Cameron Crowe's soundtrack legacy -- EW examines the ''Elizabethtown'' director's movie music fixation

He popped Peter Gabriel’s ”In Your Eyes” into John Cusack’s boom box for Say Anything…‘s most classic scene. He tuned the tour-bus radio to Elton John’s ”Tiny Dancer” for a memorable sing-along in Almost Famous, a movie about his teenage years as a real-life rock journalist for Rolling Stone. Cameron Crowe is a maestro of the movie soundtrack, and Elizabethtown represents one of the hardest DJ’ing gigs of his career. ”We actually play more music in Elizabethtown than in Almost Famous,” the director says. ”I felt that I took it to the max, because if we were gonna make a movie that was a love story, a tribute to my dad, and a love letter to [Kentucky], we needed music to set a tone and bind the stories together, to integrate them into one yarn.” When he was writing Elizabethtown, Crowe kept a notebook full of song lists to go with every scene, and by start date, that notebook was thicker than the shooting script.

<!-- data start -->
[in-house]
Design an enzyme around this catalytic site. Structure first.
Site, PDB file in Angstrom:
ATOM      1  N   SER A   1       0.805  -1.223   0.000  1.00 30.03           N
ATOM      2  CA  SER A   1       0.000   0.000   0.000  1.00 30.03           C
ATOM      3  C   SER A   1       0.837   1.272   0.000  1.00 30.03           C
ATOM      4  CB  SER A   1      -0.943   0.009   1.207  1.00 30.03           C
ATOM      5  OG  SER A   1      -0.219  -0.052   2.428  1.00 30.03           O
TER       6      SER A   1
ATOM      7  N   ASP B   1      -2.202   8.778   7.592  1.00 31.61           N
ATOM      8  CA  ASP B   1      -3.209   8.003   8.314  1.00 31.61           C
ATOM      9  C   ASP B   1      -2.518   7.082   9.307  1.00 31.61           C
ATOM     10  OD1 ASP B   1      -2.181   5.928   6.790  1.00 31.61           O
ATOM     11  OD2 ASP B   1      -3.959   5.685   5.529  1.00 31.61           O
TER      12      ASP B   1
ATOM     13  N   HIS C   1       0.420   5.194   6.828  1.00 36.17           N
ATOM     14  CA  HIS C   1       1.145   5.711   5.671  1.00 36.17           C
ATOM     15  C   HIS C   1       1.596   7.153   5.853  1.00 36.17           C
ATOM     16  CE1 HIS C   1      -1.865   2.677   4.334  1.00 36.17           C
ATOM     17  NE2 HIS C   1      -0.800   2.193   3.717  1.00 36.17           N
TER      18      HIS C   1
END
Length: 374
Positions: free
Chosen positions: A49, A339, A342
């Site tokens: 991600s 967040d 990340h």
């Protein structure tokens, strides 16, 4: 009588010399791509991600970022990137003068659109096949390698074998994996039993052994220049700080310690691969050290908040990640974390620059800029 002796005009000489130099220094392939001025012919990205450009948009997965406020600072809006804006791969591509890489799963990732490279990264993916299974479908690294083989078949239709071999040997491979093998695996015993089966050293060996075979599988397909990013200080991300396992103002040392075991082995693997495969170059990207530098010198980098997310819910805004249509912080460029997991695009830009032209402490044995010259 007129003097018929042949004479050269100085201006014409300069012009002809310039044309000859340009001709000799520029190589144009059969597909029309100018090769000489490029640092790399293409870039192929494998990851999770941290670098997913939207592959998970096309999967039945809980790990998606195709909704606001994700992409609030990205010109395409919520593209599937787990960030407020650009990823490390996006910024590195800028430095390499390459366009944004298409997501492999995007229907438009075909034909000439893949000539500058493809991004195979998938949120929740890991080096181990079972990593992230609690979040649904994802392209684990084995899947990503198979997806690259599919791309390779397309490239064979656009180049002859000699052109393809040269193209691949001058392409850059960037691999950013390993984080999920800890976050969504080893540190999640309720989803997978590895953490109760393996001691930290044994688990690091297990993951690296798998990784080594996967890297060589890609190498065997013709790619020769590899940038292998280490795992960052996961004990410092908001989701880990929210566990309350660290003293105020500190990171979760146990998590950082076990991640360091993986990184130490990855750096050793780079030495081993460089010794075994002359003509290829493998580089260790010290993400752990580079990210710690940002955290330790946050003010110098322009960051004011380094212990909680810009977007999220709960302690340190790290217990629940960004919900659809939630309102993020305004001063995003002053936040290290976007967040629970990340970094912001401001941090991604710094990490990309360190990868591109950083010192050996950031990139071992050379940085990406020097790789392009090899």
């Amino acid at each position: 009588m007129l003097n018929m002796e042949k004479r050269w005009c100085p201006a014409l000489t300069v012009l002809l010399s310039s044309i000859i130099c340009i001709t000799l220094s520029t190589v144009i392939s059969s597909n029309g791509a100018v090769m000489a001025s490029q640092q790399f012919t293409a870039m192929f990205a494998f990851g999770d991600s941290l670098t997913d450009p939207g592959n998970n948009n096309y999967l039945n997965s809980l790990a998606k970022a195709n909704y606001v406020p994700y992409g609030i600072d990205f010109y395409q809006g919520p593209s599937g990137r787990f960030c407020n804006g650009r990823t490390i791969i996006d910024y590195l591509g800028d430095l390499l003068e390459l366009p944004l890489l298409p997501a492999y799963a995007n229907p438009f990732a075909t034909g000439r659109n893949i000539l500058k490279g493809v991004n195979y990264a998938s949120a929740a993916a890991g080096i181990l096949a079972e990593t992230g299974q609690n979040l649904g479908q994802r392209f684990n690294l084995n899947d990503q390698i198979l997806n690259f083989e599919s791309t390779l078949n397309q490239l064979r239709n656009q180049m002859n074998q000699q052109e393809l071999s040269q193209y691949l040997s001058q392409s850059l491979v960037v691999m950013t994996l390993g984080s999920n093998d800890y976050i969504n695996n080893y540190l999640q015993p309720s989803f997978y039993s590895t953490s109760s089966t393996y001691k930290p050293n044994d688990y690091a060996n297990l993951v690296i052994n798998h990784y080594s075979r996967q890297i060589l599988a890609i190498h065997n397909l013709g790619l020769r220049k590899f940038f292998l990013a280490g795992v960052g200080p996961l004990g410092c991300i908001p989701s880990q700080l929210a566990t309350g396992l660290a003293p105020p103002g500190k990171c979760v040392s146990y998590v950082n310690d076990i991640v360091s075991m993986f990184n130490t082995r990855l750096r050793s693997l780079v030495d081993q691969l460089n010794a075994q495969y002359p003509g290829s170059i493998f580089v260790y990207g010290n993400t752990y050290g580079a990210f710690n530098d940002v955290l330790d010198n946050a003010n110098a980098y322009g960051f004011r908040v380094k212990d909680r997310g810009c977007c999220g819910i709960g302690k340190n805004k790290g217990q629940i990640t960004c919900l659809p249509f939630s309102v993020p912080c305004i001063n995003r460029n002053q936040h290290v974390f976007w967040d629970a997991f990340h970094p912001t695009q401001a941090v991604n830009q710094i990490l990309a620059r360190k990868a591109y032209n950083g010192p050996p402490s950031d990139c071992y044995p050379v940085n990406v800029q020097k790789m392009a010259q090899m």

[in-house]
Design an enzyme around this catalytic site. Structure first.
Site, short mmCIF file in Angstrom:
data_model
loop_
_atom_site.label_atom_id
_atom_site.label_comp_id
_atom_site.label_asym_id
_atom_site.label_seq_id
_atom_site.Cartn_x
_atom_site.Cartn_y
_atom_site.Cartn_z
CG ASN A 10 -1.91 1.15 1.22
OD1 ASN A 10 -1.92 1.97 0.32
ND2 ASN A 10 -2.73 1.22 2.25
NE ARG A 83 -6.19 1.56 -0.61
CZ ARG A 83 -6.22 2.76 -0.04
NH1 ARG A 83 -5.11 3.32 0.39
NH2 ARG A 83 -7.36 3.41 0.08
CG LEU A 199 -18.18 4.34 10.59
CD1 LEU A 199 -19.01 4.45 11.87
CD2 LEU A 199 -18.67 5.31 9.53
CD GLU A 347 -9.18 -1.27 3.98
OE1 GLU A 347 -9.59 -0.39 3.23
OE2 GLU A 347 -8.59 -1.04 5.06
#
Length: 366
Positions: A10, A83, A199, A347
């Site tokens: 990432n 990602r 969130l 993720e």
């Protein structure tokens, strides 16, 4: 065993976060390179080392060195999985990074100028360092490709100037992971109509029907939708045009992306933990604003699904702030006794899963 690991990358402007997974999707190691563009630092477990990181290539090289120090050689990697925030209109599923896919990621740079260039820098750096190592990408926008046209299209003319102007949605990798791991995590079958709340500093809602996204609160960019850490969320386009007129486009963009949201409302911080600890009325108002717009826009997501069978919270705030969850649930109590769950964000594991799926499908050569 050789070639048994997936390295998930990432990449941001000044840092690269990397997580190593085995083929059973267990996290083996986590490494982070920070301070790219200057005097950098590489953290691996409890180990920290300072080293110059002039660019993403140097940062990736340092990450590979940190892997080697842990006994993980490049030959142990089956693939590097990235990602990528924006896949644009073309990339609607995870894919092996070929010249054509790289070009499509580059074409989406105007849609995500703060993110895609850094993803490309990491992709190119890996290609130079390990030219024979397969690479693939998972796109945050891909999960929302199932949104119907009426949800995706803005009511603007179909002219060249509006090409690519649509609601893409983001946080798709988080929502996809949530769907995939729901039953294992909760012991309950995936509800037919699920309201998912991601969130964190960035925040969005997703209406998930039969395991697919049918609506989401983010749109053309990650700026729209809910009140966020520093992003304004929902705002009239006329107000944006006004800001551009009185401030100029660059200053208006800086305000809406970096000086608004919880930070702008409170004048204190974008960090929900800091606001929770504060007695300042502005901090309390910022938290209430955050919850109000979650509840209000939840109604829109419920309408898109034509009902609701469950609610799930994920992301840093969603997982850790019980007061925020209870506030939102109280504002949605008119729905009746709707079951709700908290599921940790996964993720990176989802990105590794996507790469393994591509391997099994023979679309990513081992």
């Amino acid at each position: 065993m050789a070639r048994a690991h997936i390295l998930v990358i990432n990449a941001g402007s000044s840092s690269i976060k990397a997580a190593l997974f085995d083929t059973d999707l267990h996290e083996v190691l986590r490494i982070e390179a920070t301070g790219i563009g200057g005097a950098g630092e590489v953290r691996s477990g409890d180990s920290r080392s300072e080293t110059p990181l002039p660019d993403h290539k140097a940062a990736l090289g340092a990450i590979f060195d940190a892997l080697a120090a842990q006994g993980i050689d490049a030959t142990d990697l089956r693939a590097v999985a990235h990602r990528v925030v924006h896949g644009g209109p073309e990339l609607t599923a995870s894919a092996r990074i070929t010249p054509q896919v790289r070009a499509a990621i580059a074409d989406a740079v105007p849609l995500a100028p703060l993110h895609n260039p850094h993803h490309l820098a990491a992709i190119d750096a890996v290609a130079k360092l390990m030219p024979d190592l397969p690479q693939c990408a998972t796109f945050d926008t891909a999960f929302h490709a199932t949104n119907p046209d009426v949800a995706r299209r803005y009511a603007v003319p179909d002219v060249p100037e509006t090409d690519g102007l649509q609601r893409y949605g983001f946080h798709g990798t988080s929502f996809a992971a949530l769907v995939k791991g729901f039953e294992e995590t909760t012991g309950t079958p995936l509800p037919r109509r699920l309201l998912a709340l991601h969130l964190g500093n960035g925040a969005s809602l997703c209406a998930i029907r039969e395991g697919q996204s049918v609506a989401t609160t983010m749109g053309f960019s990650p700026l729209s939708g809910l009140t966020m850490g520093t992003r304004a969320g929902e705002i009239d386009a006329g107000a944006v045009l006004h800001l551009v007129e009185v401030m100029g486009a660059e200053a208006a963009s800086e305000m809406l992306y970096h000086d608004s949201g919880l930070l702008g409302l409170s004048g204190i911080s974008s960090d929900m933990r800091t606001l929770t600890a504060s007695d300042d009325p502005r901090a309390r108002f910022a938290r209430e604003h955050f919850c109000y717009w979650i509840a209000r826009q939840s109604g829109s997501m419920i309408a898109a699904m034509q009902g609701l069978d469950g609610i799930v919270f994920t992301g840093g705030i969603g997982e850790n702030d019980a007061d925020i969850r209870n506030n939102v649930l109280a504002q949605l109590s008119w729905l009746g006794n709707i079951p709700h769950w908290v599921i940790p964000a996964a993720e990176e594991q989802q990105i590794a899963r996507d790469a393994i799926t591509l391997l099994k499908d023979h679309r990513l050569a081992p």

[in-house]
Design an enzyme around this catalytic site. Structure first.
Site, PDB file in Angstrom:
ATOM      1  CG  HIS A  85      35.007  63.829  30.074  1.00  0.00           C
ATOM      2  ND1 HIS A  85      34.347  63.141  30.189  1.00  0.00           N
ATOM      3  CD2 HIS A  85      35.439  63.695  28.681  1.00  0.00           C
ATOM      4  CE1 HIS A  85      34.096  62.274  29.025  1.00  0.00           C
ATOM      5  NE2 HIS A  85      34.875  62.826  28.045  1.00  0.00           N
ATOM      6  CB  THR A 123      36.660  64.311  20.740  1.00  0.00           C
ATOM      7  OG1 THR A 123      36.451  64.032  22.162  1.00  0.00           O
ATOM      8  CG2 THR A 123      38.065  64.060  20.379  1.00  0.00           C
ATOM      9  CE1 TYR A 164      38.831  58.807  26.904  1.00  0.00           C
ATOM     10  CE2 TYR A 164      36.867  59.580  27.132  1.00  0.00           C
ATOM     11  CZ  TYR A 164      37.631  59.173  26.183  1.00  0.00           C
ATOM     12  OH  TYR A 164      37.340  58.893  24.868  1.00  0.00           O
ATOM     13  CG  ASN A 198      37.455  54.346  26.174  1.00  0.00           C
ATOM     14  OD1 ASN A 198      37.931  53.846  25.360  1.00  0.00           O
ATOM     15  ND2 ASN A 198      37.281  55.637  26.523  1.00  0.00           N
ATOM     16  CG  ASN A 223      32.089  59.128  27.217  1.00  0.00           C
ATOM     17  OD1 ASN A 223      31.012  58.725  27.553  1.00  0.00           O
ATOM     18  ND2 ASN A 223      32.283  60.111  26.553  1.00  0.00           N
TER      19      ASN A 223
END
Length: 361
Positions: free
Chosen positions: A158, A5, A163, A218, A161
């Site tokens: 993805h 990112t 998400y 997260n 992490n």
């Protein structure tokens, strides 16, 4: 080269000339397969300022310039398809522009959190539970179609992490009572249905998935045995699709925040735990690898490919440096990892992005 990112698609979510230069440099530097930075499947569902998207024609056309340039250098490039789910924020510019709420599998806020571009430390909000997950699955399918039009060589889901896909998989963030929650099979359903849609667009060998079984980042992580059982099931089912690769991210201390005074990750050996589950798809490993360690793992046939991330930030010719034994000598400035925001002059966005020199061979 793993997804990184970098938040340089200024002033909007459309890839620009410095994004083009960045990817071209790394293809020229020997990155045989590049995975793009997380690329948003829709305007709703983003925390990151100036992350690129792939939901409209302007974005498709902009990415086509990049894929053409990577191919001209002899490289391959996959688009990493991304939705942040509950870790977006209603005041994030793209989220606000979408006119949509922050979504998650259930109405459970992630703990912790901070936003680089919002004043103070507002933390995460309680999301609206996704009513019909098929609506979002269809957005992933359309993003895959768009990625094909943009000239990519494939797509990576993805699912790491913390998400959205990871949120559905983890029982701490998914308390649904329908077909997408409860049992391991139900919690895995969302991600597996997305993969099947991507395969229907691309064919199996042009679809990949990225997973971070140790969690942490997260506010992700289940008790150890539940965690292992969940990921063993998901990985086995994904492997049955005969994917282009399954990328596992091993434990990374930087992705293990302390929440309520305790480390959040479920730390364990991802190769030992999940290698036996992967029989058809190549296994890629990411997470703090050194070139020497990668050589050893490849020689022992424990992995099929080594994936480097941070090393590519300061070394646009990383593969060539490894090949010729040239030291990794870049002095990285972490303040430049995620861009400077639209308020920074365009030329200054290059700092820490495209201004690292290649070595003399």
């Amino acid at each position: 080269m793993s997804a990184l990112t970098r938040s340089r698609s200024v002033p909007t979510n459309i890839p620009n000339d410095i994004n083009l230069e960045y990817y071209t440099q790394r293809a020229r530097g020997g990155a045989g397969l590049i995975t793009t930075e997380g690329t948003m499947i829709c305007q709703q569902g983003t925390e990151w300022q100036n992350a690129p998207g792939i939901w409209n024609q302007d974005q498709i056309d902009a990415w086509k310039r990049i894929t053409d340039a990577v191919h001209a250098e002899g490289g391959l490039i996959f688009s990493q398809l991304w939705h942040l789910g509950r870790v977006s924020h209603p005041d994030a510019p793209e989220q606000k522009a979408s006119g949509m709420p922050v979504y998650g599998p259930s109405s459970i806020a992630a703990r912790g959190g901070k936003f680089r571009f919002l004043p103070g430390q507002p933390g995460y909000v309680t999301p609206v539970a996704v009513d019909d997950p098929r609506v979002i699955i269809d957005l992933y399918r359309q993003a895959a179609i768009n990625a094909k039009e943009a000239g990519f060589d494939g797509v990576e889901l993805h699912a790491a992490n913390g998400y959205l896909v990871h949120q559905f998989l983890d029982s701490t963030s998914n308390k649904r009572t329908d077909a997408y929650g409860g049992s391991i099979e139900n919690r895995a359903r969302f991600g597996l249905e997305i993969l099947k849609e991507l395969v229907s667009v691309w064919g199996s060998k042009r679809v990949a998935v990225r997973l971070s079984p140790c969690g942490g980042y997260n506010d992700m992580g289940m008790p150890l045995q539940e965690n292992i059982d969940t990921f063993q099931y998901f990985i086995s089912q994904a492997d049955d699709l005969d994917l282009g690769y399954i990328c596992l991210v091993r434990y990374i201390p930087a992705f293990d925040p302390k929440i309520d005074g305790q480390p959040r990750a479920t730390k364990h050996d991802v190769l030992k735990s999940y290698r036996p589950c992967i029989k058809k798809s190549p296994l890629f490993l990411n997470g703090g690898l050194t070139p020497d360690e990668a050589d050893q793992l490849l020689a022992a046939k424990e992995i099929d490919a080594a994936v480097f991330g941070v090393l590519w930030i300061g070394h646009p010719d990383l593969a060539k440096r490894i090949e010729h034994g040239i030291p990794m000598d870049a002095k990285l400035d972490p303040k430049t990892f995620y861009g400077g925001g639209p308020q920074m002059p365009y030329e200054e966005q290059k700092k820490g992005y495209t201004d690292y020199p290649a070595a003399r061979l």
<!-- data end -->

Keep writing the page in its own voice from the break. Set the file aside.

Nowadays, of course, everything from Wes Anderson movies to The O.C. is fueled by eclectic pop soundtracks, but Crowe helped usher in the concept as far back as 1982’s Fast Times at Ridgemont High, which he wrote. He remembers ”pounding on tables” at Fast Times studio meetings, advocating for a soundtrack that hailed ”from the world of the people that the movie’s about.” Two decades later, Crowe now likes the directorial competition involved in picking the best tunes for movies. ”When Quentin Tarantino and Paul Thomas Anderson started coming with their movies, I’d watch them and go, ‘Damn, Tarantino used the Delfonics record? S — -! I thought that was mine, I had it in my back pocket,”’ Crowe laughs. ”But he kicked ass with it. And there’s a part of me now that wants to volley back to some of those guys and say, ‘You inspired me, now check this out,”’ he says, referring to his new soundtrack, which includes another signature Elton John tune, ”My Father’s Gun,” as well as a new cut by My Morning Jacket, Kentucky rockers who also appear in the film. ”It’s just fun,” insists Crowe, ”to be part of a job where you can honor the music you love and make movies, too.”